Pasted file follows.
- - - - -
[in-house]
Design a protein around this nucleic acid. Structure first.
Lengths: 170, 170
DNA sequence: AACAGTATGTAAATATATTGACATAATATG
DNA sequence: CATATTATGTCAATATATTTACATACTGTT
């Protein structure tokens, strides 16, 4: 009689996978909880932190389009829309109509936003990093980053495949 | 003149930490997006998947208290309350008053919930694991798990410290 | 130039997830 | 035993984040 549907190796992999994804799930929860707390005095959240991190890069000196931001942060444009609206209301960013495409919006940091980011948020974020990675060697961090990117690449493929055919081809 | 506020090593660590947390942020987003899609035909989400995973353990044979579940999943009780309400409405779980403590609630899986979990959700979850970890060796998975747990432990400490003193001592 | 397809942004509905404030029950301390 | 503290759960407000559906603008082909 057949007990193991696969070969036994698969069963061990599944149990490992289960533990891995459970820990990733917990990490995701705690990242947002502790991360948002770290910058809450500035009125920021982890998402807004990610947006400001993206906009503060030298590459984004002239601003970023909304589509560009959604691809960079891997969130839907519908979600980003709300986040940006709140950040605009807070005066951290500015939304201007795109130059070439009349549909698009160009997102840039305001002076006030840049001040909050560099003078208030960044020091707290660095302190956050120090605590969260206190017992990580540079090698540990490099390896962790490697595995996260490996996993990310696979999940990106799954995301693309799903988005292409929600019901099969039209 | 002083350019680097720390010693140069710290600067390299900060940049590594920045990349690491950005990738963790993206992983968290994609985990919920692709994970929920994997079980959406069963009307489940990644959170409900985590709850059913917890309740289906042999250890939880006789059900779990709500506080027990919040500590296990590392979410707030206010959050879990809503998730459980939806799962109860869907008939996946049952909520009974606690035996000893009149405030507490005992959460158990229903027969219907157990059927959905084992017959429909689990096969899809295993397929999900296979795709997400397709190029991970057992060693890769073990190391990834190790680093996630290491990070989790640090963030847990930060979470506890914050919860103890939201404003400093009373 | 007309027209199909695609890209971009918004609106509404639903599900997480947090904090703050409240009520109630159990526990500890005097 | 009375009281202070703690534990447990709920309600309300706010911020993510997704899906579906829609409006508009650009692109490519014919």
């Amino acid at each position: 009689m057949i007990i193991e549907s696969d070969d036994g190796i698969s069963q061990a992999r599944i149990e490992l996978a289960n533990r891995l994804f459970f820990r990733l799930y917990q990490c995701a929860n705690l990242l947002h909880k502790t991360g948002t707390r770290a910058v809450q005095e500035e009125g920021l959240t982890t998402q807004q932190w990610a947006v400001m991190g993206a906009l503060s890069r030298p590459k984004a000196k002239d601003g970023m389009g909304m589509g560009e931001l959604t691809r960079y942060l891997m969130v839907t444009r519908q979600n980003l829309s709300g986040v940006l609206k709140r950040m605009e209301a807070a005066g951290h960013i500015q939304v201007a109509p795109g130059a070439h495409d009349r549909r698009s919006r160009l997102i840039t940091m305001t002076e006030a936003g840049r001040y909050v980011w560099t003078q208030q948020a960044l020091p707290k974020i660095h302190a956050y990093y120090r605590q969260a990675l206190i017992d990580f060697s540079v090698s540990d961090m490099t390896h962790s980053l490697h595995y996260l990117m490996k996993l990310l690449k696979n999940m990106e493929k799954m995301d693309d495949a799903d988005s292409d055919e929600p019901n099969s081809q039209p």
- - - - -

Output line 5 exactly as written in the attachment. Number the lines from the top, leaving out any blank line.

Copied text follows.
DNA sequence: CATATTATGTCAATATATTTACATACTGTT